▪ Finally, the estimate of replacement cost does not measure the value of assets in use.
Capitalization of Earnings Approach
The capitalization of the earnings approach for the valuation of ordinary shares is based on the philosophy that the current value of the property depends on the income which can be had over the years. This approach is based on the feeling that it is the earning power that provides income to the shareholders and it income that they value rather than physical assets. The basic validity of this approach is rarely challenged. However, problems do arise in the application of this approach to actual situations.
There are three basic steps involved in the method of valuation: determination of earnings, determination of the rate of capitalization and capitalizing the value of earnings.
Determination of earnings:
In determining future earning power one has to consider the corporate earnings’ past record and the first step to get this record as straight as possible. There are difficulties in getting reliable data and the person making the valuation may not have access to all the data he would like. The difficulty is also created due to the varied character of accounting practices which may require a number of adjustments for converting earnings data to a basis appropriate for the comparison. In practice, an estimate of future earnings is prepared over an arbitrary time horizon which would be a period short enough to justify a reasonable degree of confidence in the expected earnings. The significant consideration is the selection of a period of time which represents a normal picture of both the good and bad years in the company’s recent history. It should be a period covering the completion of the business cycle so those poor years are averaged with the good.
Thus, in assessing future earning power one has to pay due attention to the record of earnings of the enterprise in the past, nature, and context of competition in the industry, treatment of research and development expenditures, the general economic conditions and government policies of trade, tariff, taxation, money, and banking, etc. In fact, one has to determine maintainable profits for the future. There are three approaches to the determination of maintainable profits: i) a simple average may be calculated in case of established industry with no growth prospects, ii) weighted average has to be calculated in case of established industry with no growth prospects and iii) projected average has to be calculated in case of industries having growth potential.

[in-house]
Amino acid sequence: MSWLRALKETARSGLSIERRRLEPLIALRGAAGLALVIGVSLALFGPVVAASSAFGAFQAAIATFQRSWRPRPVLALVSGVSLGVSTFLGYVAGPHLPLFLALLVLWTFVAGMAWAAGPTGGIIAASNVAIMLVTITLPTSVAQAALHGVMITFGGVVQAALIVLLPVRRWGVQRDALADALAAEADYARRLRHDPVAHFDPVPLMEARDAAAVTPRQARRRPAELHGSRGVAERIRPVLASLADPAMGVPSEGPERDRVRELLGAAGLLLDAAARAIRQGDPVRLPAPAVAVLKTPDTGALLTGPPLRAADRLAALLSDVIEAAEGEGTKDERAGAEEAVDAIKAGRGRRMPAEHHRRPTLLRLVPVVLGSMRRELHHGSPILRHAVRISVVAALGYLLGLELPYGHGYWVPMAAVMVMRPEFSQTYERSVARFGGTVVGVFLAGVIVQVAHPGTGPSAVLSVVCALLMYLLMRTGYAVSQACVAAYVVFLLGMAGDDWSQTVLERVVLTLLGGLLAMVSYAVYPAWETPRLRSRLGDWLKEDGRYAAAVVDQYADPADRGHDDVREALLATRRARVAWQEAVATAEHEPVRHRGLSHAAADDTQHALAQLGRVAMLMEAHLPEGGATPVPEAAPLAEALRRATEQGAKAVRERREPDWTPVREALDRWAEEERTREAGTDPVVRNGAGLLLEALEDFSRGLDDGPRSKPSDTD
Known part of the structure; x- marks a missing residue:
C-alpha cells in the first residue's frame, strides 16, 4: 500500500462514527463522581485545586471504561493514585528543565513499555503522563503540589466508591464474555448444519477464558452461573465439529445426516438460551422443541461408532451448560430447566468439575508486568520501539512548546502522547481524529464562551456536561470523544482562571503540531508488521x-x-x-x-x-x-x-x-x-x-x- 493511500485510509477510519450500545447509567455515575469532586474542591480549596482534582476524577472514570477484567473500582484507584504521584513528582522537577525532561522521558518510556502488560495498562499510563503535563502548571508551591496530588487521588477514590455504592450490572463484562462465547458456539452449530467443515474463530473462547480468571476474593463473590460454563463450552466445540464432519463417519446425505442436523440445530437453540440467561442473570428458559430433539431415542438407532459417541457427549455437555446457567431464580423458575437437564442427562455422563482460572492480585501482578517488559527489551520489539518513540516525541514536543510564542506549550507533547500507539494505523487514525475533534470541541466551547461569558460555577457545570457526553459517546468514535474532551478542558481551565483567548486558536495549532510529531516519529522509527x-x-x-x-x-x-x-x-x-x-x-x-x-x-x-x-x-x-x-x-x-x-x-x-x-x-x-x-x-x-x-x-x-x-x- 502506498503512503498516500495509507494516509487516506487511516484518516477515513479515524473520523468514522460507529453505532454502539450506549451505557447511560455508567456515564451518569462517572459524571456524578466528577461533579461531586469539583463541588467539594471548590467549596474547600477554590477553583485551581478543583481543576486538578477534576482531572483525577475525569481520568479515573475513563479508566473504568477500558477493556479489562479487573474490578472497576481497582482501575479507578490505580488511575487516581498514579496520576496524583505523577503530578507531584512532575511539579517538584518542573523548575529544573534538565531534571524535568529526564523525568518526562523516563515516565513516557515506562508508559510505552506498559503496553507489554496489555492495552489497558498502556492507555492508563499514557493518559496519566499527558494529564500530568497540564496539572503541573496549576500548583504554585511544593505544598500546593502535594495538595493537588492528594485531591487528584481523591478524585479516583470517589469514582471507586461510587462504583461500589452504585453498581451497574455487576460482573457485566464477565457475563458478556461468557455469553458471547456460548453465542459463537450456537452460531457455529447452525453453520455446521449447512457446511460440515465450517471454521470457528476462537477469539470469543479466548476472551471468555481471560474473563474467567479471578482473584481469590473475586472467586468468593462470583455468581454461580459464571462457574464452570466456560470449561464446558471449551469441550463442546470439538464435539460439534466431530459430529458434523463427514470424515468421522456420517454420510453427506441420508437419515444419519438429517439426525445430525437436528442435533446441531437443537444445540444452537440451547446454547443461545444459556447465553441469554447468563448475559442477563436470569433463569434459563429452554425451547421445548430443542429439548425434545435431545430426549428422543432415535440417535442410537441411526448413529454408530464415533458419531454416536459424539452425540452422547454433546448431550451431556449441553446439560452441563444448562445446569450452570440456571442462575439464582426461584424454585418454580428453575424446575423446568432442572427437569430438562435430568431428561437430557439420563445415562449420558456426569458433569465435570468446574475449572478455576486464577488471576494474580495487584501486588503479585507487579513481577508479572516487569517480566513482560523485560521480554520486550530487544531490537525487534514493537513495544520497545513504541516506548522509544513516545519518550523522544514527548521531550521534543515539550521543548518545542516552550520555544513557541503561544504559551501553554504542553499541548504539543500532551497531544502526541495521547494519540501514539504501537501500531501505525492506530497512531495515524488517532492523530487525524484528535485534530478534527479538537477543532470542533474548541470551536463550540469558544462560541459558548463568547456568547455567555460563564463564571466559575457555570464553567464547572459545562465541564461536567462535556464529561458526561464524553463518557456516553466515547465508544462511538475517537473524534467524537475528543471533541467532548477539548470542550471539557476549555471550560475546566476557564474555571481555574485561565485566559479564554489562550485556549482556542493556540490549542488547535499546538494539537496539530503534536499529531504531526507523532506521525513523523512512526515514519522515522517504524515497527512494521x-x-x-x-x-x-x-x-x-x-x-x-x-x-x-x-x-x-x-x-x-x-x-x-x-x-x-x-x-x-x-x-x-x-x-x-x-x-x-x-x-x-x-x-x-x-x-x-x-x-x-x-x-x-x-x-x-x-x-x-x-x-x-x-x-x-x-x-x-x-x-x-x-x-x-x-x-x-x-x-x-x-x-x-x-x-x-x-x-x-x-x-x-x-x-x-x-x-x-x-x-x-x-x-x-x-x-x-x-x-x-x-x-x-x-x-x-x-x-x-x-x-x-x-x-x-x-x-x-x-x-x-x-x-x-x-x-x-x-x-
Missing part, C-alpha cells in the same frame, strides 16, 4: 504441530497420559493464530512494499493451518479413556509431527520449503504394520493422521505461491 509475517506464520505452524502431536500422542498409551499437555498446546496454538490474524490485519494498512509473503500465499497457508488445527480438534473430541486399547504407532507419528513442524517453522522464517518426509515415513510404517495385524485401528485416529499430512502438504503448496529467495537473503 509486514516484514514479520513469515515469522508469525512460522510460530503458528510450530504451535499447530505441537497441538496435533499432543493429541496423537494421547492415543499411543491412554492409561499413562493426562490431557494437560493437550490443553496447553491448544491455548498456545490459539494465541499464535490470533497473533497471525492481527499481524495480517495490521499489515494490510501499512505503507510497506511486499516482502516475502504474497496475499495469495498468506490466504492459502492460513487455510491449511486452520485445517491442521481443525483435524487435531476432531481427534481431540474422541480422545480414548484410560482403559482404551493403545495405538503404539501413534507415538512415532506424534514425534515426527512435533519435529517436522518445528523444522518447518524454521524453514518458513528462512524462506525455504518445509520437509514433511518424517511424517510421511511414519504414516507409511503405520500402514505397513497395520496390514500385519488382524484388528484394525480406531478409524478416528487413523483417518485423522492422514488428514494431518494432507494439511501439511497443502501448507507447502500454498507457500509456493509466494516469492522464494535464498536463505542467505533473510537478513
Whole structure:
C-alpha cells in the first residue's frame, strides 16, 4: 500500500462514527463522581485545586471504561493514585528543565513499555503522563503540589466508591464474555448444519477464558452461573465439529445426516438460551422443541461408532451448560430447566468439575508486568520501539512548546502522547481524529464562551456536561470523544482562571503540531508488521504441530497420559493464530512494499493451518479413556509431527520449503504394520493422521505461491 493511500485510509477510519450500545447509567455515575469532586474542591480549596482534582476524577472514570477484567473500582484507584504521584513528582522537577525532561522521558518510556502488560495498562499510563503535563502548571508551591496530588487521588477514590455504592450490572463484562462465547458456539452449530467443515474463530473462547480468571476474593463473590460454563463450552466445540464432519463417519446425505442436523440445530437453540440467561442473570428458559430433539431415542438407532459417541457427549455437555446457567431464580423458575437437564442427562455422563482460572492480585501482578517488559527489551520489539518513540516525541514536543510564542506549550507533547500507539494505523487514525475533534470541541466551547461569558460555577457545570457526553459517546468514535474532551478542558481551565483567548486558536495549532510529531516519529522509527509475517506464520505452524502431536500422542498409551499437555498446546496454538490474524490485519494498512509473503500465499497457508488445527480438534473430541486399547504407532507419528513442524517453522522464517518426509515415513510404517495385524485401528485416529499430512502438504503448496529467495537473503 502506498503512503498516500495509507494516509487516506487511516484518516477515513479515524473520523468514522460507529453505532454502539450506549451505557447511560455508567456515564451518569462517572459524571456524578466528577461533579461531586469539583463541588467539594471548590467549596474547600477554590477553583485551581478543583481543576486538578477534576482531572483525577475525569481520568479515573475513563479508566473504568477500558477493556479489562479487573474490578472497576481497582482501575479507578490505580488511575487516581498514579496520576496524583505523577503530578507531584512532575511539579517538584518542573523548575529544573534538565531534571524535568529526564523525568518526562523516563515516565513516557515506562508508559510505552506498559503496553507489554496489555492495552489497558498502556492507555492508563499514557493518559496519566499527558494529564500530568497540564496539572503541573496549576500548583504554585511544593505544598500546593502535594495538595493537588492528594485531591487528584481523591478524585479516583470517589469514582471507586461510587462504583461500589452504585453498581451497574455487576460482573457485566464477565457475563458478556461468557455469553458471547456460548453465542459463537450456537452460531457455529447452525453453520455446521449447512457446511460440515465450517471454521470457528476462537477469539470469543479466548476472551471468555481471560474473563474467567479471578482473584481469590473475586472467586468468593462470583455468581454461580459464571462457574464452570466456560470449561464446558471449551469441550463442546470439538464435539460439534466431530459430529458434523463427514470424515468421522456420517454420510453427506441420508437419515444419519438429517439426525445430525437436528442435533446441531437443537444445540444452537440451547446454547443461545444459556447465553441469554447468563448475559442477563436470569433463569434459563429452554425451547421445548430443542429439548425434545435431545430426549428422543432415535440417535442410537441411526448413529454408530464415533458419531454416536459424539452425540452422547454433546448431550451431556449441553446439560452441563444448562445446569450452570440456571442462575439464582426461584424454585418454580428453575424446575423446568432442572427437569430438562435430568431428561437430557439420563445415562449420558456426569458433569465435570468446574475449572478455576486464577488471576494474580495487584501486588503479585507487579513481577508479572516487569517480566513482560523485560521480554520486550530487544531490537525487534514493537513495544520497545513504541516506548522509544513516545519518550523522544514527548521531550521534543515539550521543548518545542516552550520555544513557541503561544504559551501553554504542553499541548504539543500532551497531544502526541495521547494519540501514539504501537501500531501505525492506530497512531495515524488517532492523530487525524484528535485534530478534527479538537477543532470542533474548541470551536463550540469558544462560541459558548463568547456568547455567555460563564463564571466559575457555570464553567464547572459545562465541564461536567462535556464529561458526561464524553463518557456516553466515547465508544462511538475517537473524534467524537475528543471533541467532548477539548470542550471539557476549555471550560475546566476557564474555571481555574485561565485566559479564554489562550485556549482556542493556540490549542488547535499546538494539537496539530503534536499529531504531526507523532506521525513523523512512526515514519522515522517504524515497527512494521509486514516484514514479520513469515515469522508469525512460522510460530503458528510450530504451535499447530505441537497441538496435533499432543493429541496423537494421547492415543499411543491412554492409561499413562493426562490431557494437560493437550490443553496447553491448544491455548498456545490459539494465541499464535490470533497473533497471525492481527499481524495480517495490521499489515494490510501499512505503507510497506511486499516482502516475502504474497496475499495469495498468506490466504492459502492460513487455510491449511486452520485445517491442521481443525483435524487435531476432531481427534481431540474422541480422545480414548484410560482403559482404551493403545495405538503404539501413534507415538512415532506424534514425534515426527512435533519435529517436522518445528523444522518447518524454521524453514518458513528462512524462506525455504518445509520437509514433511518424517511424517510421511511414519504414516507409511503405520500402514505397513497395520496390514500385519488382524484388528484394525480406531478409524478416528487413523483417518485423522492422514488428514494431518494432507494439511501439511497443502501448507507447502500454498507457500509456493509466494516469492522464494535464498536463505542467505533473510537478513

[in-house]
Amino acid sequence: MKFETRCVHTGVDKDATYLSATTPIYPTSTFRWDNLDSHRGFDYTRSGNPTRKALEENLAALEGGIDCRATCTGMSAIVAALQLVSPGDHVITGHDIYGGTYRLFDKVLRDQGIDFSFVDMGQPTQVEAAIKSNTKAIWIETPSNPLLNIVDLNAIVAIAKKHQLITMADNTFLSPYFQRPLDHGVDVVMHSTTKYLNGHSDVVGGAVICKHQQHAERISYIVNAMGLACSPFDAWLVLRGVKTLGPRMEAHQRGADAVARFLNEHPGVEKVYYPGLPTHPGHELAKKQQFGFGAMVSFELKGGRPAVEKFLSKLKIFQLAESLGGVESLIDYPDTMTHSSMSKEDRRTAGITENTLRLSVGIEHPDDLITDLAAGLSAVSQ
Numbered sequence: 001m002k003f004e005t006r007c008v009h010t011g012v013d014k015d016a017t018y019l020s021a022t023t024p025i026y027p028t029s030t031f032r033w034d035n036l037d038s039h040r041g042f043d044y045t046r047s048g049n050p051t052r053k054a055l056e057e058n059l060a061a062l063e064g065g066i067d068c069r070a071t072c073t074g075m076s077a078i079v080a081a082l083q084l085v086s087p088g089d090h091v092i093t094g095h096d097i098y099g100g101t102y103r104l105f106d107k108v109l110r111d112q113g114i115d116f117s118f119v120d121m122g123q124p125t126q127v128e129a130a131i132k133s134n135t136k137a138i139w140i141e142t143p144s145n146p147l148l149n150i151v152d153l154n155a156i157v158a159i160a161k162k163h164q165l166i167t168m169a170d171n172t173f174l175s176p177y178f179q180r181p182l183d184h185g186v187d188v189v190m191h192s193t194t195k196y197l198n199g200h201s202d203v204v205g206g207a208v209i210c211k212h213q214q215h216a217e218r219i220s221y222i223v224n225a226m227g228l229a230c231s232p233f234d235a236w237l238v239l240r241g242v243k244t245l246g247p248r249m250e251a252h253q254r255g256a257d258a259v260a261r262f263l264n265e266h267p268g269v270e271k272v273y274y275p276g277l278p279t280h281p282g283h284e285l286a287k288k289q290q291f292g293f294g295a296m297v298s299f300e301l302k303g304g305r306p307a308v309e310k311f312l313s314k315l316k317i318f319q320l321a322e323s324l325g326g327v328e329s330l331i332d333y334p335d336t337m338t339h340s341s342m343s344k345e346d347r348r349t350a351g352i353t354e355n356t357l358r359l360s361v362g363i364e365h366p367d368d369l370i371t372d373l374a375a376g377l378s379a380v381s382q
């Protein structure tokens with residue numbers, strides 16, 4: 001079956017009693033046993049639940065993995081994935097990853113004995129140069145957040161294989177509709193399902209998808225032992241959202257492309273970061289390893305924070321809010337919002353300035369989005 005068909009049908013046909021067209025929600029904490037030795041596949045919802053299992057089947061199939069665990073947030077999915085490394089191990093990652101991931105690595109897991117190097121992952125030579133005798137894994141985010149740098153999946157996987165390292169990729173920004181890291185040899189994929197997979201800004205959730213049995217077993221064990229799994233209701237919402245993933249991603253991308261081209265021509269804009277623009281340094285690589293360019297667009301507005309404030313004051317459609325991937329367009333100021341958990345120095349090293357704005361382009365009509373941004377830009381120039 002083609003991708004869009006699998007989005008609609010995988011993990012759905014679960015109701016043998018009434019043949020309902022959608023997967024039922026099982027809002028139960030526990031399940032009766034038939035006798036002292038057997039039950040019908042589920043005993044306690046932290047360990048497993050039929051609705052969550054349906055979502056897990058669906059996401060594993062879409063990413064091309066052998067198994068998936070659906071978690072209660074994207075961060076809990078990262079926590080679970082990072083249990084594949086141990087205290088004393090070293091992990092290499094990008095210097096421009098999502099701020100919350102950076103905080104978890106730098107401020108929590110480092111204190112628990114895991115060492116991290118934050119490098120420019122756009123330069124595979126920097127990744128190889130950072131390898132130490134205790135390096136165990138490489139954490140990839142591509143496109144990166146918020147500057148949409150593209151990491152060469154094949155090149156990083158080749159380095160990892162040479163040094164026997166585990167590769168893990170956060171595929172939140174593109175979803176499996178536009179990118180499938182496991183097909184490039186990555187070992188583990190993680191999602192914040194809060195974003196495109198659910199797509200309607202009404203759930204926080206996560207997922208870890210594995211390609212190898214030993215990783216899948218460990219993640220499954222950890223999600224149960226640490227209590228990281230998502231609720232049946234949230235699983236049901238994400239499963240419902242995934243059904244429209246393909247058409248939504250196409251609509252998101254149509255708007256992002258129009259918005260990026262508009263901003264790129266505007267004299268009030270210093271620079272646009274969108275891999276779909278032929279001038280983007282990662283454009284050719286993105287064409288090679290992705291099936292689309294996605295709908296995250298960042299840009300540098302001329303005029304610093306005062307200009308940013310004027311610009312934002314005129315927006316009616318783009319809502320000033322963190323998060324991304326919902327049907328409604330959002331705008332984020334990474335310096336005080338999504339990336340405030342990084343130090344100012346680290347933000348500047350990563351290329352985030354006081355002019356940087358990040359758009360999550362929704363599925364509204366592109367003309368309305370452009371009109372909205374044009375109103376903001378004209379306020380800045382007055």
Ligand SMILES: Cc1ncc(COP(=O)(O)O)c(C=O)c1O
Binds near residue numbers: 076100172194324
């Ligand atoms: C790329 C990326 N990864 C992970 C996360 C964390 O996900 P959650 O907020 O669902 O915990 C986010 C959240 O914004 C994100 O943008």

Rate of capitalization:
After determining the annual earning rate for the enterprise as a whole or per share, the next step is to apply a capitalization rate to arrive at the prospective investment value. The capitalization rate is no more than an earning price ratio, i.e., it is the ratio of earnings to price. In general, the selection of this rate of capitalization is affected by the following considerations:
- Prevailing interest rates,
- The risk involved in the industry,
- The time required for reaching capacity production in the enterprise,
- Nature, magnitude and potentiality of competition.
Capitalization of earnings:
The process of putting a valuation on the estimated earnings is known as the capitalization of earnings. As seen earlier, the process of estimating future earnings is an inexact one. Similarly, the selection of the appropriate rate of capitalization is mainly subjective. Some adjustments in the capitalized value of income become necessary. If some of the assets purchased have not contributed to the operating income, they can be sold without affecting the normal operating income. There may be excessive amounts of cash, inventories, and other assets on hand. The fair market value of these assets should be added to the capitalized value of earnings. On the other hand, it may be necessary to put additional sums to operate the assets effectively. Future earnings of a small manufacturing concern may depend upon the purchase of additional pieces of machinery or patent rights. Such payments made in order to obtain the estimated normal net income should be subtracted from the value of assets calculated by the capitalization of income. Valuation Techniques.